Mutt Meets Praying Mantis; Or, Mantis Bites Dog?

My dog, a 40-pound mixed mutt, was standing outside our garage door barking. She doesn’t often bark unless the neighbor dog comes over to play, and sometimes that dog gets her going.

The extra bonus with a mantis is that their very posture of prayer often invites me to pray, even as I work.

But this was just our dog, Velvet, barking with some extra excitement. Time to go look.

I was amazed. There stood a tiny praying mantis up on its hind legs, batting at my dog as if it could hear my dog barking and as if it feared her. Well, of course it feared her. At about 20 inches tall, our dog dwarfed the 3-inch mantis. I have no idea if this one was male or female: you can tell if you get a good look at their abdomen—the male’s abdomen is longer than a female’s. So to keep pronouns easier, I’ll use she for both the mutt and the mantis.


Velvet, with no praying mantis in sight.

What wonderful imagery for the battles we sometimes feel we’re fighting. Up against a giant monster! Would the dog eat the praying mantis? Could the praying mantis chomp on the dog’s dancing paw?

They say that a praying mantis is both a predatory insect and carnivorous; so wishing she could chomp on my dog’s leg is not out of the question. One website geared for kids said, “They will eat basically ANYTHING that they can capture, overcome and usually eat alive. YIKES! For this reason, mantises are not known to be finicky eaters. They may even practice cannibalism when hungry enough” (from

The website also talked about people who keep them as pets. Well, generally I love a good praying mantis or two in my garden or flower bed because I know they are great at killing and devouring bad bugs. The extra bonus with a mantis is that their very posture of prayer often invites me to pray, even as I work.

But I’m not the type to invite them into my home, thank you very much. And thank goodness I had daughters. They had fish, tried hamsters for a while, and we always had dogs and cats, but no mice, snakes, or mantises.

Back to the praying mantis. How often do we feel like the little mantis and that there is a giant Goliath bullying us, making us shiver in our knees?

In 1 Samuel 17, the biblical Goliath is quoted to have roared at tiny David, “Am I a dog, that you come at me with a stick?”

My dog was the big giant the little mantis feared. But I perceived that my dog was not even trying to snip at the mantis—she was just excited to see the little creature putting her paws up in a fight.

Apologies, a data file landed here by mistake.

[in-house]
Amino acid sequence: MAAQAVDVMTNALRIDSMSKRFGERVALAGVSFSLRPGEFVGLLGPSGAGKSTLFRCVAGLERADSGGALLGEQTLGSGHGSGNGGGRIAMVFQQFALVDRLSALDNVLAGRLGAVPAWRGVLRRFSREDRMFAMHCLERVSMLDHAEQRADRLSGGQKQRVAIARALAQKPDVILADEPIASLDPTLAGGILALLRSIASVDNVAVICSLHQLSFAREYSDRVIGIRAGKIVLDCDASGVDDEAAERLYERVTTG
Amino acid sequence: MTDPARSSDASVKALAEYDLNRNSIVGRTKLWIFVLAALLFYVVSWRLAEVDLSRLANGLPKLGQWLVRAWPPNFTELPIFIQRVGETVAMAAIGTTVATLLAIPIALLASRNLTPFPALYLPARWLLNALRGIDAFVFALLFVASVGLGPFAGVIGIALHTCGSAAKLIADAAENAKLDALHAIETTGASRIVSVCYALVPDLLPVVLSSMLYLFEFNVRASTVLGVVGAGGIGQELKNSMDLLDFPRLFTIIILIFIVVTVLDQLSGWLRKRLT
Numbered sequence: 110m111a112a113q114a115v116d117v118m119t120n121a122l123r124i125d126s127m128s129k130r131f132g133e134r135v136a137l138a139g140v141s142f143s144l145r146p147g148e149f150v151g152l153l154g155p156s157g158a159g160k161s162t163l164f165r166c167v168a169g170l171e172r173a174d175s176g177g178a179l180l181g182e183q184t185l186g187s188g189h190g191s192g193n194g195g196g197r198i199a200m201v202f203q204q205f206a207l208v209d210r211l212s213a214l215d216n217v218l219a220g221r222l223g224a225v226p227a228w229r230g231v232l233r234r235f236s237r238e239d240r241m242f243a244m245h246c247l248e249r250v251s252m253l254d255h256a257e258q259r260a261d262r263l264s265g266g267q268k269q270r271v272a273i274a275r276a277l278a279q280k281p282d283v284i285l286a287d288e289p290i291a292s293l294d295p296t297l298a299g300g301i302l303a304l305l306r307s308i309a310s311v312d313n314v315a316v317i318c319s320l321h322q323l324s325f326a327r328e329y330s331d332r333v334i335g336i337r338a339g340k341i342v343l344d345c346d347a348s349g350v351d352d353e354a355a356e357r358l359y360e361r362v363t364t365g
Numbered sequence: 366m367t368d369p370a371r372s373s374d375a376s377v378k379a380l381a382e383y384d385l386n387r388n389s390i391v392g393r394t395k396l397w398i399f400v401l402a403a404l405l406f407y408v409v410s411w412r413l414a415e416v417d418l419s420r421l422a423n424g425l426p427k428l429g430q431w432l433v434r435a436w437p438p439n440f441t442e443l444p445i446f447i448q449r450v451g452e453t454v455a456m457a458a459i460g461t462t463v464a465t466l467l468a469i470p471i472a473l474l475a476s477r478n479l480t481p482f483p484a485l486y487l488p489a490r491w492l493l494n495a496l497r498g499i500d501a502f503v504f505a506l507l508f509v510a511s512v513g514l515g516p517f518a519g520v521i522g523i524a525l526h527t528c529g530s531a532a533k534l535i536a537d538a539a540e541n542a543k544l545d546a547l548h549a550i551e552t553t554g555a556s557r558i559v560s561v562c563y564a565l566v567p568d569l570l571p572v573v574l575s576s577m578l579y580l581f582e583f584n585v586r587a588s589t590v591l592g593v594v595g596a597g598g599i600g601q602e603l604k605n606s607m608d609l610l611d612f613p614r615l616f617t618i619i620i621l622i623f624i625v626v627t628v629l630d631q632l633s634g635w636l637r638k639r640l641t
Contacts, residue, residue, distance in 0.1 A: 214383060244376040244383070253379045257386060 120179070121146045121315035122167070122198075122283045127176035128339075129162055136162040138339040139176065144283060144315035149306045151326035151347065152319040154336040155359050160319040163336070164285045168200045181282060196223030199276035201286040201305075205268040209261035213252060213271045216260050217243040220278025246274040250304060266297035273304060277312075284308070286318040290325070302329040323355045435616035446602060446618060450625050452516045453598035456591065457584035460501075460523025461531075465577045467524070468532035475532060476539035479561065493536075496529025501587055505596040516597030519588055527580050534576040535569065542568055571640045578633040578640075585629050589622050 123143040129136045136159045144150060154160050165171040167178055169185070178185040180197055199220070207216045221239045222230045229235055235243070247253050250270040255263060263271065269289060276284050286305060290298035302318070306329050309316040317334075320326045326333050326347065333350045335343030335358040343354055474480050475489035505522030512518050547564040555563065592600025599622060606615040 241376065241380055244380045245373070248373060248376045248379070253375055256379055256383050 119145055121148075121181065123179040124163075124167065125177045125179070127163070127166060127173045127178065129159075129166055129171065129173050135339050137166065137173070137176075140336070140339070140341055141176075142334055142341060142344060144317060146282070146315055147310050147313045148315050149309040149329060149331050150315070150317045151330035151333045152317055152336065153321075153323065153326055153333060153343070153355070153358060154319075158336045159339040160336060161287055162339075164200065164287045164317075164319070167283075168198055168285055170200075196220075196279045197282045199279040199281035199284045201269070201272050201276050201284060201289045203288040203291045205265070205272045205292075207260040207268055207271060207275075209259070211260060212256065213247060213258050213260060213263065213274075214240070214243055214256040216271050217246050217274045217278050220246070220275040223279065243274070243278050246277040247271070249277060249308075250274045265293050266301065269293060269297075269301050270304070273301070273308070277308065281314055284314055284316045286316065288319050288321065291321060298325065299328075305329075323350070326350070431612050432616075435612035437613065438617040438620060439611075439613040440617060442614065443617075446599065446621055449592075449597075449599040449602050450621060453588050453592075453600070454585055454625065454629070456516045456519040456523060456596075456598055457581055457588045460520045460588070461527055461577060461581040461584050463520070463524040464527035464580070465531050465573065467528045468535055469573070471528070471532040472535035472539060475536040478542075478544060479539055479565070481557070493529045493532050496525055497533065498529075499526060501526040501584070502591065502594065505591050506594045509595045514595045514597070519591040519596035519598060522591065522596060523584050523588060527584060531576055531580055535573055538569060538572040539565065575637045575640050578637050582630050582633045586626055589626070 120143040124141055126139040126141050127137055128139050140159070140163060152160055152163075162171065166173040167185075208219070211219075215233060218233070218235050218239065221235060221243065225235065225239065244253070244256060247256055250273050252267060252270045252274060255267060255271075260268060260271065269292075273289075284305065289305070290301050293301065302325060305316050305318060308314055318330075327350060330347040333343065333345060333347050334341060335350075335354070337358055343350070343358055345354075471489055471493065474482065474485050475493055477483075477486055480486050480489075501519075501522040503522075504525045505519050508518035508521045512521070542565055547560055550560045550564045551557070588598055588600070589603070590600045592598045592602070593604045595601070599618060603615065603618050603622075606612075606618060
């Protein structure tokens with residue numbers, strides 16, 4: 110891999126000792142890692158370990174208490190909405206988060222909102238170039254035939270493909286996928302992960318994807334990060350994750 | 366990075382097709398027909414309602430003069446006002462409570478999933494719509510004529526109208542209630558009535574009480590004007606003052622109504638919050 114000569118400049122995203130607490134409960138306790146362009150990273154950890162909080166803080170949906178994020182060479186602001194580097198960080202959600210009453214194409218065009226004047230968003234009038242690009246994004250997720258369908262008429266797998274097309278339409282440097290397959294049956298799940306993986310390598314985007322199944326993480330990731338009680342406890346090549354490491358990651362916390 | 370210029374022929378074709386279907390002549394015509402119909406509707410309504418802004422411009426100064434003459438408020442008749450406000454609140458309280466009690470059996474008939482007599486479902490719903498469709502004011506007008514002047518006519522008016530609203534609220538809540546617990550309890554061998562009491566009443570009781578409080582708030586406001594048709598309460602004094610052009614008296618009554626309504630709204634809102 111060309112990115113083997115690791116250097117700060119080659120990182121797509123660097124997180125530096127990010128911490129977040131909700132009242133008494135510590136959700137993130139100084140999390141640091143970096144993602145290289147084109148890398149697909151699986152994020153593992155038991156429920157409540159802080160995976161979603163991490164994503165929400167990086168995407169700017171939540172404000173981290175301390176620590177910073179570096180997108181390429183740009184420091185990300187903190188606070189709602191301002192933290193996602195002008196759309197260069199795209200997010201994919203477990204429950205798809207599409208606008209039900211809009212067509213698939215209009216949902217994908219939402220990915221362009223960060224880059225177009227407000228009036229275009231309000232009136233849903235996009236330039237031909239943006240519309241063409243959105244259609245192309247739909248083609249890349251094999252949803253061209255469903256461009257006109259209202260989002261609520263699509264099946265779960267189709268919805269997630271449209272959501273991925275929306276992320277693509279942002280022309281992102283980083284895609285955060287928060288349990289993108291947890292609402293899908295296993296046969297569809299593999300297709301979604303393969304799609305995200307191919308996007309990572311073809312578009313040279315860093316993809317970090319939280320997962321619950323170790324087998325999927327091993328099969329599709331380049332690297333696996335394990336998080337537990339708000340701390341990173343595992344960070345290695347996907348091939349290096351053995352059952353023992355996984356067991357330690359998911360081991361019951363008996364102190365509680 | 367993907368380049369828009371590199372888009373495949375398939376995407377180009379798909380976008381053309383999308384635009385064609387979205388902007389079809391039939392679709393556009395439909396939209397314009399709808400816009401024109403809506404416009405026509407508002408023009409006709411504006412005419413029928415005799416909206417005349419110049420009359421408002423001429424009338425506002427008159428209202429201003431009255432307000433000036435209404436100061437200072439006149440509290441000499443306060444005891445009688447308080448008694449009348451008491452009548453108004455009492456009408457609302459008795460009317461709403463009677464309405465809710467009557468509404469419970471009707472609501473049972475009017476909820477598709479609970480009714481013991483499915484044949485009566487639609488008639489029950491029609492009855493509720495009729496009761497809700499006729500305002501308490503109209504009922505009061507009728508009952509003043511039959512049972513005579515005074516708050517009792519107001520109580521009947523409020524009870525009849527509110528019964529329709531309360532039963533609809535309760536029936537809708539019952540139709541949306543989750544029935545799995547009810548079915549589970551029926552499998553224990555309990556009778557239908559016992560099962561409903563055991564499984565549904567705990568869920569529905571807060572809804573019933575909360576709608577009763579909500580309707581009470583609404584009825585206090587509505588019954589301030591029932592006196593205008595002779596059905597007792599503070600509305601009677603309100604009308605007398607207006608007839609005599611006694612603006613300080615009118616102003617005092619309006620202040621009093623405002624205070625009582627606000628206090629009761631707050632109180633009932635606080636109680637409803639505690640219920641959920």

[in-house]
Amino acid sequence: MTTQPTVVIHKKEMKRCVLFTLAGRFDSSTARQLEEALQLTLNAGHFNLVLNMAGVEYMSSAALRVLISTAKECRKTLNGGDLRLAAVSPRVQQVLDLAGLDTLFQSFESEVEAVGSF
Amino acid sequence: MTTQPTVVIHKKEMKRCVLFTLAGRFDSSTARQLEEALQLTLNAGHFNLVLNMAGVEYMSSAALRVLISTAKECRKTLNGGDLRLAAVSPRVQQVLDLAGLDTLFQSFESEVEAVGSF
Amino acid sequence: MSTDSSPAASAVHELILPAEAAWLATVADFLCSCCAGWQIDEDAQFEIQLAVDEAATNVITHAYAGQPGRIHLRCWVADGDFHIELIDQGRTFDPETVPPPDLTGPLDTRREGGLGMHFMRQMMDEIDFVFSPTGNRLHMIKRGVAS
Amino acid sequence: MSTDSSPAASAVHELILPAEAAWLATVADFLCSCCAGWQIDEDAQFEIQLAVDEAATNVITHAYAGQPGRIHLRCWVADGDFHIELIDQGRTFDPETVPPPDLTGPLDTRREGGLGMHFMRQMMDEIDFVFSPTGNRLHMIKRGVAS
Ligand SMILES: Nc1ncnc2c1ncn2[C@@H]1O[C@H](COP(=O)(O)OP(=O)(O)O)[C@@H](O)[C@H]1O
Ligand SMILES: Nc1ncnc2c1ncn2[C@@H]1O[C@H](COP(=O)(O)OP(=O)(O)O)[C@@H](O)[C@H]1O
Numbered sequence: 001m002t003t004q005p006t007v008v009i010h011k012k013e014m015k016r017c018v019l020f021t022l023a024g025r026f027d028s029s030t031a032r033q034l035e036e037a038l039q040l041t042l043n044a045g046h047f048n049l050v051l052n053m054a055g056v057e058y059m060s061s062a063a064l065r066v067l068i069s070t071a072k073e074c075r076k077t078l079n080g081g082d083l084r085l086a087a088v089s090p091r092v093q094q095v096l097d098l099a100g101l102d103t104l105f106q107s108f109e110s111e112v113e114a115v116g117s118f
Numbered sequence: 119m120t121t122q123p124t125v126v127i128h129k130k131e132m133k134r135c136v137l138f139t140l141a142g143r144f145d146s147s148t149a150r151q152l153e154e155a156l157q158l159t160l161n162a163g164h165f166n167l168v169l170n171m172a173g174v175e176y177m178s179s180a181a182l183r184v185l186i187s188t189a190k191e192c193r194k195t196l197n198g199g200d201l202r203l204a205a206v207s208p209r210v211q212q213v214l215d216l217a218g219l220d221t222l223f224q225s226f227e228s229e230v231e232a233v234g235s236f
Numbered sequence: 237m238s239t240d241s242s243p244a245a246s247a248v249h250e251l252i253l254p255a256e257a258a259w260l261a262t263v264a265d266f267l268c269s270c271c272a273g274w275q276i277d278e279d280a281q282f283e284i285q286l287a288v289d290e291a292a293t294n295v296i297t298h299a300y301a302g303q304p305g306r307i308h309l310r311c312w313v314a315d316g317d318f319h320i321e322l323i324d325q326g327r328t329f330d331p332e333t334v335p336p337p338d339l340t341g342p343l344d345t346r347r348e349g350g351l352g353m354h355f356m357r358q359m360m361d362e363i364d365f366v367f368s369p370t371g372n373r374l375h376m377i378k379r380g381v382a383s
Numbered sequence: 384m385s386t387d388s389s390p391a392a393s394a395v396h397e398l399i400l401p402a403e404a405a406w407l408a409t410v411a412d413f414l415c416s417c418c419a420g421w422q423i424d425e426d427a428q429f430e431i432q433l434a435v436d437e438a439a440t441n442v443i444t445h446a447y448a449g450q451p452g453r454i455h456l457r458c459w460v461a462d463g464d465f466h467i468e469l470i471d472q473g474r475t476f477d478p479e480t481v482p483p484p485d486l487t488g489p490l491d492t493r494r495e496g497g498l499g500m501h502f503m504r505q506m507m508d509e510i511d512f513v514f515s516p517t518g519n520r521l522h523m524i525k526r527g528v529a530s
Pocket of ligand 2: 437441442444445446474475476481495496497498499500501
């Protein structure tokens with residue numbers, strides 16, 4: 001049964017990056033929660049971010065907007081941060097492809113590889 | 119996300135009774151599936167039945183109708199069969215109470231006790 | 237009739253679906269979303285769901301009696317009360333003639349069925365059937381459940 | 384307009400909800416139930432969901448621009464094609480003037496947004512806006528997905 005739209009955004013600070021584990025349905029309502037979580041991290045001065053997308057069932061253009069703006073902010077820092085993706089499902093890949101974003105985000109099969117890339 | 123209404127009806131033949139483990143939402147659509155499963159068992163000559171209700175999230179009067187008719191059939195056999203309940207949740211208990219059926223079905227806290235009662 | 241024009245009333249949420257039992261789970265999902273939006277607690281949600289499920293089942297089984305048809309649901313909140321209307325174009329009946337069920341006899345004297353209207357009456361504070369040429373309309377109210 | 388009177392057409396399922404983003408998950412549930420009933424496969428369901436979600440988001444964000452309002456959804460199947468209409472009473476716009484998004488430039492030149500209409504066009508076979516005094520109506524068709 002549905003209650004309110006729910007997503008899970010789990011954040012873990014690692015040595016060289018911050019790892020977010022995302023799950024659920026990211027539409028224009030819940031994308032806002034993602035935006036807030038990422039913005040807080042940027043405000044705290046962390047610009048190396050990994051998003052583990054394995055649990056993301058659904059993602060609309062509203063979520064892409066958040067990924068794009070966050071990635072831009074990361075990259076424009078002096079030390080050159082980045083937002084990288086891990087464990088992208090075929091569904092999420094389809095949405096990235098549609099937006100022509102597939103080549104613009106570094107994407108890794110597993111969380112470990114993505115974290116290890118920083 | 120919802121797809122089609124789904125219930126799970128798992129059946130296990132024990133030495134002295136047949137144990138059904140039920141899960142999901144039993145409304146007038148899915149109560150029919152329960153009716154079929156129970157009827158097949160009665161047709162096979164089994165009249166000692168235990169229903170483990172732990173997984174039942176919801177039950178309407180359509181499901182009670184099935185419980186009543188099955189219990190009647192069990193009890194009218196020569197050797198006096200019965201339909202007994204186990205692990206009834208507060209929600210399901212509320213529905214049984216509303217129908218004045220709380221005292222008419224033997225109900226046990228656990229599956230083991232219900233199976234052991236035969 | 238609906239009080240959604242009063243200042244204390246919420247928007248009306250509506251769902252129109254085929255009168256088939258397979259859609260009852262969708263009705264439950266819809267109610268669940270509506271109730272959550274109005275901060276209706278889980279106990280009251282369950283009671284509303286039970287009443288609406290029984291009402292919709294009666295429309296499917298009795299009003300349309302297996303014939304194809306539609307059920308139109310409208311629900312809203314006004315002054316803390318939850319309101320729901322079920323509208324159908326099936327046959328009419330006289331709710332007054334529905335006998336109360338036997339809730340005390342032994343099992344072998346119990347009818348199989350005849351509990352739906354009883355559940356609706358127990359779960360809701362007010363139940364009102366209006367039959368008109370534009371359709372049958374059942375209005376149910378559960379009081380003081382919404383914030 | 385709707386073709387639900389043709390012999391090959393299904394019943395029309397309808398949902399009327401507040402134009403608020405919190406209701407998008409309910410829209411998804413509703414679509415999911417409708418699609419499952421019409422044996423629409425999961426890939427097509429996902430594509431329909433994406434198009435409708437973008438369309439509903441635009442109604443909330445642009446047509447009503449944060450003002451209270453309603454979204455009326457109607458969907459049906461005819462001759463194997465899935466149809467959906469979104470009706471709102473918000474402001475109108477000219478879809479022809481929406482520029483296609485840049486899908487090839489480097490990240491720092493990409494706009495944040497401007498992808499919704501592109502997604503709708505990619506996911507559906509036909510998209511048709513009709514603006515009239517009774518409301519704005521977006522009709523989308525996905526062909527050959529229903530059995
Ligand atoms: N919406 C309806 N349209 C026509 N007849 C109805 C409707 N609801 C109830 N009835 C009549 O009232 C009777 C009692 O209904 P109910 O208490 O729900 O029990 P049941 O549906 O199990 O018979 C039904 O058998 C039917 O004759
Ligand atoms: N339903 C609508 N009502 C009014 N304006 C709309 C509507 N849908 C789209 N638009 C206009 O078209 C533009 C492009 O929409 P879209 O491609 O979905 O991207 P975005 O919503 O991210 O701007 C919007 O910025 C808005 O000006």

So often we can only see problems that loom large. Many problems are enormous! A scary medical diagnosis. A hurtling hurricane. A conversation that hurt someone’s feelings and broke a relationship. How to repair damage? Who can help us see our way through small and big problems?

In this case, I was the savior for the mantis. As soon as I called off my dog, the mantis calmed down and scuttled her little hind end out of the way. The dog soon forgot the mantis, and all was well.

I don’t want to carry this analogy too far, but sometimes even a simple text conversation where we assure a loved one or child of support and care can be enough to lift them out of a small depression and give them courage to face their problems with an improved spirit.

Or how about the dog meeting the mantis as the focus here? My dog did not realize that, given the chance, the tiny mantis would have loved to nip at her toe or ankle. I’m told a mantis can wallop a pretty good sting, even if not poisonous. My dog is wimpy enough to have come crying to my door. Or perhaps the mantis did nip her, and that was why she barked.

At any rate, the overall image I want you to take away is that so often our problems do loom large, but are not as menacing as we fear. Sometimes all we need is a friend, colleague, or relative who calls off the dog, or helps us see that the barking dog is only a mild-mannered mutt.


For a free booklet, write for the title “Praying When You Are Depressed.” Write to me at or Another Way, 1251 Virginia Avenue, Harrisonburg, VA 22802.